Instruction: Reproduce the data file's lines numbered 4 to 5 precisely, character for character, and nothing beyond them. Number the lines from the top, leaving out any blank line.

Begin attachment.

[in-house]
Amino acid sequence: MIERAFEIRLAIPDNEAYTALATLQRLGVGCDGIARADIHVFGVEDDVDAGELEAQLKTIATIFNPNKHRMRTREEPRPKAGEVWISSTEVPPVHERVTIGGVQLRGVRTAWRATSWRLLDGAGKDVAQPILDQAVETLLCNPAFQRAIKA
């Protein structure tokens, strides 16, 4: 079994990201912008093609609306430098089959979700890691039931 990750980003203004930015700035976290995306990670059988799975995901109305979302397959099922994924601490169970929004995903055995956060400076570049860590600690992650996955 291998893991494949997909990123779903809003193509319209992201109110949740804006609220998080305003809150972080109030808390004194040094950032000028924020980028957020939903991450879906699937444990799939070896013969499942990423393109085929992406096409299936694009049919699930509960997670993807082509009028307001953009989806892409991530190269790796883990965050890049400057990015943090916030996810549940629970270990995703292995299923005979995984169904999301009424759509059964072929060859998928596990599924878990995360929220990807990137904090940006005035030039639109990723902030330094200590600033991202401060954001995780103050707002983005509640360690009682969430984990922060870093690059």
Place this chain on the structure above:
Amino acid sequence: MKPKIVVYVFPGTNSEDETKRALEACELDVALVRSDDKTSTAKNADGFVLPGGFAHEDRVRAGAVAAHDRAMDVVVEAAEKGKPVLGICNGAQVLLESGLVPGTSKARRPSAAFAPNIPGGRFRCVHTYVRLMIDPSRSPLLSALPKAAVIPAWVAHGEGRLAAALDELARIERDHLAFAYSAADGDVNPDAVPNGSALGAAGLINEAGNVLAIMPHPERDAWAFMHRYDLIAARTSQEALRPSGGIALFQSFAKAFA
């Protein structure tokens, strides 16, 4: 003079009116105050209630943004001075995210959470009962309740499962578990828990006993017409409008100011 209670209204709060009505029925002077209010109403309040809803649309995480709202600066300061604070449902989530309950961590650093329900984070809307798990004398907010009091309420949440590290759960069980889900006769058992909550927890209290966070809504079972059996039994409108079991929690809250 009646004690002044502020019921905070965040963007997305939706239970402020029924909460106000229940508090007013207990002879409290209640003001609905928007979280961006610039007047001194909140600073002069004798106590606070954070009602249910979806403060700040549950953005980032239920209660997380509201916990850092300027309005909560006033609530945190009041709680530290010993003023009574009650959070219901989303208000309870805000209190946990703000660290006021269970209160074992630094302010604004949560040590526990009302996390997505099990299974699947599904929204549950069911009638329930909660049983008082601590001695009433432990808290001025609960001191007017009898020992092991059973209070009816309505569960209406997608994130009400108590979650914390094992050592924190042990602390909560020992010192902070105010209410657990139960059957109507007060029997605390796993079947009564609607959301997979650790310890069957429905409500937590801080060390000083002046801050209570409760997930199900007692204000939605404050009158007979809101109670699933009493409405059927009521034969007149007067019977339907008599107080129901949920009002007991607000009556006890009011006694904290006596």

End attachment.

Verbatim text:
Place this chain on the structure above:
Amino acid sequence: MKPKIVVYVFPGTNSEDETKRALEACELDVALVRSDDKTSTAKNADGFVLPGGFAHEDRVRAGAVAAHDRAMDVVVEAAEKGKPVLGICNGAQVLLESGLVPGTSKARRPSAAFAPNIPGGRFRCVHTYVRLMIDPSRSPLLSALPKAAVIPAWVAHGEGRLAAALDELARIERDHLAFAYSAADGDVNPDAVPNGSALGAAGLINEAGNVLAIMPHPERDAWAFMHRYDLIAARTSQEALRPSGGIALFQSFAKAFA